“So, he was hungry for power,” Sam said, “That’s a recurring theme.”

“I’ll bet that’s why he made these rings,” Genie added.

“At that time, there weren’t many humans marooned here, and the dragons were the dominant species. They were powerful and intelligent, and I’ll bet that got under his skin,” Sam agreed. “You’re probably right. It was too easy for him to have dominion over people, but the dragons under his control would make life at least a little bearable, for a power-hungry despot.”

“So, what happened to the rest of Jinnkind?” Genie asked.

“We have no records to answer that,” Gensonn said.

“Maybe not, but we have the legends,” Sam began, “In the Arabian Nights, the jinni was never around for long, right? You needed him, you rubbed the lamp. The mist appeared, and out steps the jinni. You ask for whatever, he does some magic, and poof, back into the mist.”

“You’re saying the Arabian Night stories are true?” Genie joked.

“Until a little while ago, I would have said that they weren’t, but now, well…” Sam shrugged. “Look, we know there is a big differential in things between the two worlds. What if Jinnkind couldn’t stay there long for some reason? Coming here from Earth, we age at five times less, but Hordannfolk going to Earth would age rapidly, theoretically anyway. That’s just one thing. What about Rent being screwed up by Nassar? If it cut the jinn off from their source of power, they could have just withered up and died or something.”

“Nassar captured Jaeder and kept him at the edge of Rent in order to use his powers,” Gensonn added. “There is no written record of how long that had been.”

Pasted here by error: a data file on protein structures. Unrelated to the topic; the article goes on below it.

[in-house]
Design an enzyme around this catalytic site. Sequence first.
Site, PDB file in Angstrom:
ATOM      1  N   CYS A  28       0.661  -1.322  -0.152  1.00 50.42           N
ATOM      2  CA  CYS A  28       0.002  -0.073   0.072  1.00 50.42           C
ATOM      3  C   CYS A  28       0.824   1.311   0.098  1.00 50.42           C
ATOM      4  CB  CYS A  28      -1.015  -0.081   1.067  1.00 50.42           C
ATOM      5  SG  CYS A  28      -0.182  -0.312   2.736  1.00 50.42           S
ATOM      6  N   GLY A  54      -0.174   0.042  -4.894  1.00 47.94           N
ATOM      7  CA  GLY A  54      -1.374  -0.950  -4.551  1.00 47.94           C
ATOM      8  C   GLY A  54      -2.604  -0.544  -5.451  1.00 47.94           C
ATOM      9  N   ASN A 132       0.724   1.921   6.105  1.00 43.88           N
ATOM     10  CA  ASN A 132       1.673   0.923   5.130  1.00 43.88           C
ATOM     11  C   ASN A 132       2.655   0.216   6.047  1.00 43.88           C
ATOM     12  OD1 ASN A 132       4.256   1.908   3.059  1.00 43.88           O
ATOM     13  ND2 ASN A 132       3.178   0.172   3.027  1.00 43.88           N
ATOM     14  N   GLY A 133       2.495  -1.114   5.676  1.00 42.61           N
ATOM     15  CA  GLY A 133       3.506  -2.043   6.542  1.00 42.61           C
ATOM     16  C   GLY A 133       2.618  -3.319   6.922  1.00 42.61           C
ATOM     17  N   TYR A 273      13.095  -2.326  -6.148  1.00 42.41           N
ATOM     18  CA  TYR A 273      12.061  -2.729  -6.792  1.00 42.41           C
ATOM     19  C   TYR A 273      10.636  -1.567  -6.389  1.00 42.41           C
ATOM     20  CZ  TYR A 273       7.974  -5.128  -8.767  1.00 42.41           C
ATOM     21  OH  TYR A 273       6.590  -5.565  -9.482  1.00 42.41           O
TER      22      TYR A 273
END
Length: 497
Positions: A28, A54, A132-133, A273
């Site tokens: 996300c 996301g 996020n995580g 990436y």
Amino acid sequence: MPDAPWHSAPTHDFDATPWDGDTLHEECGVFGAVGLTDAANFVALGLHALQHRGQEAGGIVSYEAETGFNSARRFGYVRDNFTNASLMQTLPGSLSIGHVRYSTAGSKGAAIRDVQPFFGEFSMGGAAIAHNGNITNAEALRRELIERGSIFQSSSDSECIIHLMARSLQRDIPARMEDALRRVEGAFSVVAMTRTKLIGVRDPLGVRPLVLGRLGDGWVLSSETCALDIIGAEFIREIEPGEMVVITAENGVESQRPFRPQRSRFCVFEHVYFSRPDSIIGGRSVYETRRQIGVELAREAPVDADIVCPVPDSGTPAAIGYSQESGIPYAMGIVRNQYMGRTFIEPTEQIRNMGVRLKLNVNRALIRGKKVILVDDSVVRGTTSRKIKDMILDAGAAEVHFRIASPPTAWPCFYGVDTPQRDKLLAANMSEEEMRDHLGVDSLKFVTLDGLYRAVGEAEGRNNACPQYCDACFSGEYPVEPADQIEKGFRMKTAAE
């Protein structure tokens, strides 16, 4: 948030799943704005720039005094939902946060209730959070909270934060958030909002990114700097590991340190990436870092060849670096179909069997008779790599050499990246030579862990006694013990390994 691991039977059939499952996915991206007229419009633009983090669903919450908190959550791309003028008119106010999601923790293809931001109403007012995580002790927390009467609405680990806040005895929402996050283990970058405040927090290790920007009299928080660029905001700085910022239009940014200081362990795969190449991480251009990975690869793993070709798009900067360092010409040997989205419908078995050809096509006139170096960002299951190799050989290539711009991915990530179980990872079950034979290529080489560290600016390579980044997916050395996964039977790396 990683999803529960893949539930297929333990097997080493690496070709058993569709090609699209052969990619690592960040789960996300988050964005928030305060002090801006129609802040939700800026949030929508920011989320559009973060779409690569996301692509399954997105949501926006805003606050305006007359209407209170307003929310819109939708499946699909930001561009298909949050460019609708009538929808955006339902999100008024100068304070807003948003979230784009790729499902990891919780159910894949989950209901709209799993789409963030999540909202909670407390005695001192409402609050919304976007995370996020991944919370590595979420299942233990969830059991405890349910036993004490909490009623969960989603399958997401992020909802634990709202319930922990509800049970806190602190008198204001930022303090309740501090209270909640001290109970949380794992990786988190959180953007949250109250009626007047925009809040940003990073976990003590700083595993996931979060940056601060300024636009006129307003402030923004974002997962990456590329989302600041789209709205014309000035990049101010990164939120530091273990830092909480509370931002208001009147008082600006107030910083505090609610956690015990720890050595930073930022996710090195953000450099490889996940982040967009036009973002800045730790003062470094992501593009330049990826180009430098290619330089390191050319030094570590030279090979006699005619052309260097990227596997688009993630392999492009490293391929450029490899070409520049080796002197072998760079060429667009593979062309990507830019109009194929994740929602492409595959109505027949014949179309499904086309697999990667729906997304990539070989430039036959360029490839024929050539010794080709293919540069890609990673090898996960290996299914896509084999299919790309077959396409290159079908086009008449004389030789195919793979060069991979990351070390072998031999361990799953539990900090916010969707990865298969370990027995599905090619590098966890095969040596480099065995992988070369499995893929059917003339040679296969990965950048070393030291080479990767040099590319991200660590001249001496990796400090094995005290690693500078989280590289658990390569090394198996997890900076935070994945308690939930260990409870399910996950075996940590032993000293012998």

“My guess is a long time,” Dextmann said, “That Nassarmann must have used the mist many times himself. All of the treasures in his vault are not of Hordann, so he must have been coming here to hide them. I would say he even had this Hold built just for that.”

“You may be right, Dextmann,” Sam agreed.

“So, what about the rest of Jinnkind here?” Genie asked. “What happened to them?”

“Ingebriggt had the dagger,” Gensonn said.

“Until he didn’t,” Dextmann supposed. “He couldn’t really say how he died in his fancy journals now, could he?”

“He went mad, controlled the dragons, killed Jinnkind, and then was betrayed? Killed himself?” Sam pondered out loud.

“He had probably absorbed so much power by the end, he had to be mad,” Genie said.

“And in love with that dagger enough to use it on himself?” Sam asked.

“There is the storm of magic at Ingebriggt’s death that is written of,” Gensonn said, “and what you say could be. If he used the dagger on himself, it would have no single being to receive the power. It could have just spread itself across Hordann like rain.”

“Energy can neither be created nor destroyed,” Sam said. They all looked at him. “Physical Science class. So, it had to go somewhere. It makes sense now, seeing how so many beings in Hordann have differing amounts of magic in them. From none at all, all the way up to Styric.” He slowly looked at Gensonn. “And now you, Wizard. Did you tell Dyreon about the dagger on your latest trip up there?”

“I did,” he answered, and then paused. “I used the dagger the day it was recovered from the depths of the mountain. Upon slaying one of the guardians with it, I felt something, but I did not know what it was. The realization that I had ‘absorbed’ the small amount of power from the beast would not be understood until I used the dagger against Styric.”

“You’re not going to go all power-hungry on us, are you, Gensonn?” Genie asked.

“I seek knowledge, Lady Genevieve,” he answered. “The dagger has been left in the hands of the Xeltic Priests. This power is not mine, but ours.” He had turned to look into Sam’s eyes at that point.

“Not until you do the ceremony, Gensonn,” Dextmann corrected.

“There is a ceremony?” Genie asked. “Of course, there is.”

“Does it involve wine?” Sam joked, holding up an empty cup. The Company laughed and the mood became lighter, having ended the discussion of the rise and fall of Ingebriggt.